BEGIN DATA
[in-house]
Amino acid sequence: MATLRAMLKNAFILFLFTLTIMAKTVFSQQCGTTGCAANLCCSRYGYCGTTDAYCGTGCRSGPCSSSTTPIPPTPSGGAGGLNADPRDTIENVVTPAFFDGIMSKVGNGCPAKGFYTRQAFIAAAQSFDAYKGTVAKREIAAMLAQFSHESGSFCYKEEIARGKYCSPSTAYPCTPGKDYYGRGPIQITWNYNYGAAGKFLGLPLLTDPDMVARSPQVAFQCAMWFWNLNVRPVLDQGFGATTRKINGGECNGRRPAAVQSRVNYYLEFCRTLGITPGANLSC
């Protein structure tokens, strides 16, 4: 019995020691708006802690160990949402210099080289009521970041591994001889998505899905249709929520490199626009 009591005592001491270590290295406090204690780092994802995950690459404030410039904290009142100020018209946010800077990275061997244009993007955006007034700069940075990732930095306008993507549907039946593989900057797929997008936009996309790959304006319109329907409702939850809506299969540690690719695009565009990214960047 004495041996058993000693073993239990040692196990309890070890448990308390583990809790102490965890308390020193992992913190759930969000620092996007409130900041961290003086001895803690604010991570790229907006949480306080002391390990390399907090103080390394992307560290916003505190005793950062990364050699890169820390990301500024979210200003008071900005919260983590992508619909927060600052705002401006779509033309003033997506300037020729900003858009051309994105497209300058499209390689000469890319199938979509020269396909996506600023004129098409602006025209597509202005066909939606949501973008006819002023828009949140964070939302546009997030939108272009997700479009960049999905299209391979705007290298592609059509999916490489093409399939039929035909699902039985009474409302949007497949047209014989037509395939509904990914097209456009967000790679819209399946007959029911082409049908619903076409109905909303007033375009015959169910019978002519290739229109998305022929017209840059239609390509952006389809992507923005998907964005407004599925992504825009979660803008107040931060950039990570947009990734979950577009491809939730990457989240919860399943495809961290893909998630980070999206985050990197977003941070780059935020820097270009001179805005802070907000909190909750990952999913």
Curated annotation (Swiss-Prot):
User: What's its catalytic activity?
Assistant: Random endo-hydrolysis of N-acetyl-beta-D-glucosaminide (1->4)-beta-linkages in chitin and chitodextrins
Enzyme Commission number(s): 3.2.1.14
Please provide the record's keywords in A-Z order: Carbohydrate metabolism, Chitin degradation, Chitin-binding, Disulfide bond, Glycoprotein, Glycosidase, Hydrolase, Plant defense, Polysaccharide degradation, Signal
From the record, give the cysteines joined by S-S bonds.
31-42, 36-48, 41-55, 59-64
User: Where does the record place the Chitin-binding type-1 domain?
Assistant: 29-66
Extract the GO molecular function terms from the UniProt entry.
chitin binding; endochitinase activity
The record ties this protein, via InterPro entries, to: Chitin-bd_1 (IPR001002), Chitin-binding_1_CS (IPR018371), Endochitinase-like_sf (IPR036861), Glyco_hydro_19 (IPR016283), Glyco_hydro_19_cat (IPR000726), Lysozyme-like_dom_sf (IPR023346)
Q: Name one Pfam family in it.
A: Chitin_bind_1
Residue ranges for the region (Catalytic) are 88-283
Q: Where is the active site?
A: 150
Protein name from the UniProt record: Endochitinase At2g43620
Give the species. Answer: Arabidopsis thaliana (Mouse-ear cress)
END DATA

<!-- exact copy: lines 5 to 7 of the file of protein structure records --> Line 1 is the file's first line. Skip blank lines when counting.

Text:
User: What's its catalytic activity?
Assistant: Random endo-hydrolysis of N-acetyl-beta-D-glucosaminide (1->4)-beta-linkages in chitin and chitodextrins
Enzyme Commission number(s): 3.2.1.14